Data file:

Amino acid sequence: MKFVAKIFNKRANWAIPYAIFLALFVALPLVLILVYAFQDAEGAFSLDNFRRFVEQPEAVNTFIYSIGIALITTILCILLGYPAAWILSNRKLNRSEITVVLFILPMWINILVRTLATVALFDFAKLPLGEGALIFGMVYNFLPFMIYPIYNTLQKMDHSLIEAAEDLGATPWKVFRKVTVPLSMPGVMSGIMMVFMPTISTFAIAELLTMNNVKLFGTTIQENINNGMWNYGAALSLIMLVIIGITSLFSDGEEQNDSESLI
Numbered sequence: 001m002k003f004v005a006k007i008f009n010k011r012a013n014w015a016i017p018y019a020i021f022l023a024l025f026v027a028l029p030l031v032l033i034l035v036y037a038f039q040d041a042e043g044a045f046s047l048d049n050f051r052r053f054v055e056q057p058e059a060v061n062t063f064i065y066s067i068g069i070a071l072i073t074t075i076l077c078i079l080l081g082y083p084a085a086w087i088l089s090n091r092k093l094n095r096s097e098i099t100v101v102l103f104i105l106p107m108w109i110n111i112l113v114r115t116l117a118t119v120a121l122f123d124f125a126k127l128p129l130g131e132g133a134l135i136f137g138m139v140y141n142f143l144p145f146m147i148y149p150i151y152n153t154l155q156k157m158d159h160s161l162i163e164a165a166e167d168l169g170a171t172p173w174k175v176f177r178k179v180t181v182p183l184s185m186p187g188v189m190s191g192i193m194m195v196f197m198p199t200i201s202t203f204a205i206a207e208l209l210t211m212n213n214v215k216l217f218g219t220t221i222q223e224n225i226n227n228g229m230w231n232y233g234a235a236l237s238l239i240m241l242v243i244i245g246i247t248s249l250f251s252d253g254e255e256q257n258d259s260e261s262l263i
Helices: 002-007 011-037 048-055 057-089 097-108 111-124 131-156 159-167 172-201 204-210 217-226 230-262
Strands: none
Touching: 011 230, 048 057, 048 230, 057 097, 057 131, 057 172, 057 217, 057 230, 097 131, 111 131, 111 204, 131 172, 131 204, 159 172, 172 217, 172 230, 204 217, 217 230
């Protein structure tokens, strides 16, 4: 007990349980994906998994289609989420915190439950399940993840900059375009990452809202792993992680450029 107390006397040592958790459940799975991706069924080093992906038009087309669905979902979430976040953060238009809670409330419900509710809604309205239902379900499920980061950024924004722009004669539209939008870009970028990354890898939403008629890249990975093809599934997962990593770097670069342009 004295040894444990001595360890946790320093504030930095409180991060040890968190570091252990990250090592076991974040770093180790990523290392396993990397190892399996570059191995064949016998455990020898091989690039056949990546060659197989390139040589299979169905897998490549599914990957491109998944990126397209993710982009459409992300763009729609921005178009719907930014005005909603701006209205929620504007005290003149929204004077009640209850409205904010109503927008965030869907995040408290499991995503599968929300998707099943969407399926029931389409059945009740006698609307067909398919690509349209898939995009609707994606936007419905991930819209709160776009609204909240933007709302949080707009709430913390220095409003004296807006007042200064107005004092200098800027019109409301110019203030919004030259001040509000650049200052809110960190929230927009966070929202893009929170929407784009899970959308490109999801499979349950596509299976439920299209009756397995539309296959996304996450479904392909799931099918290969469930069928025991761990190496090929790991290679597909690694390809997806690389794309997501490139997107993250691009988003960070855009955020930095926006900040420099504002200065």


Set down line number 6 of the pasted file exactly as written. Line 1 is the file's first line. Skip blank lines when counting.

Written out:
């Protein structure tokens, strides 16, 4: 007990349980994906998994289609989420915190439950399940993840900059375009990452809202792993992680450029 107390006397040592958790459940799975991706069924080093992906038009087309669905979902979430976040953060238009809670409330419900509710809604309205239902379900499920980061950024924004722009004669539209939008870009970028990354890898939403008629890249990975093809599934997962990593770097670069342009 004295040894444990001595360890946790320093504030930095409180991060040890968190570091252990990250090592076991974040770093180790990523290392396993990397190892399996570059191995064949016998455990020898091989690039056949990546060659197989390139040589299979169905897998490549599914990957491109998944990126397209993710982009459409992300763009729609921005178009719907930014005005909603701006209205929620504007005290003149929204004077009640209850409205904010109503927008965030869907995040408290499991995503599968929300998707099943969407399926029931389409059945009740006698609307067909398919690509349209898939995009609707994606936007419905991930819209709160776009609204909240933007709302949080707009709430913390220095409003004296807006007042200064107005004092200098800027019109409301110019203030919004030259001040509000650049200052809110960190929230927009966070929202893009929170929407784009899970959308490109999801499979349950596509299976439920299209009756397995539309296959996304996450479904392909799931099918290969469930069928025991761990190496090929790991290679597909690694390809997806690389794309997501490139997107993250691009988003960070855009955020930095926006900040420099504002200065």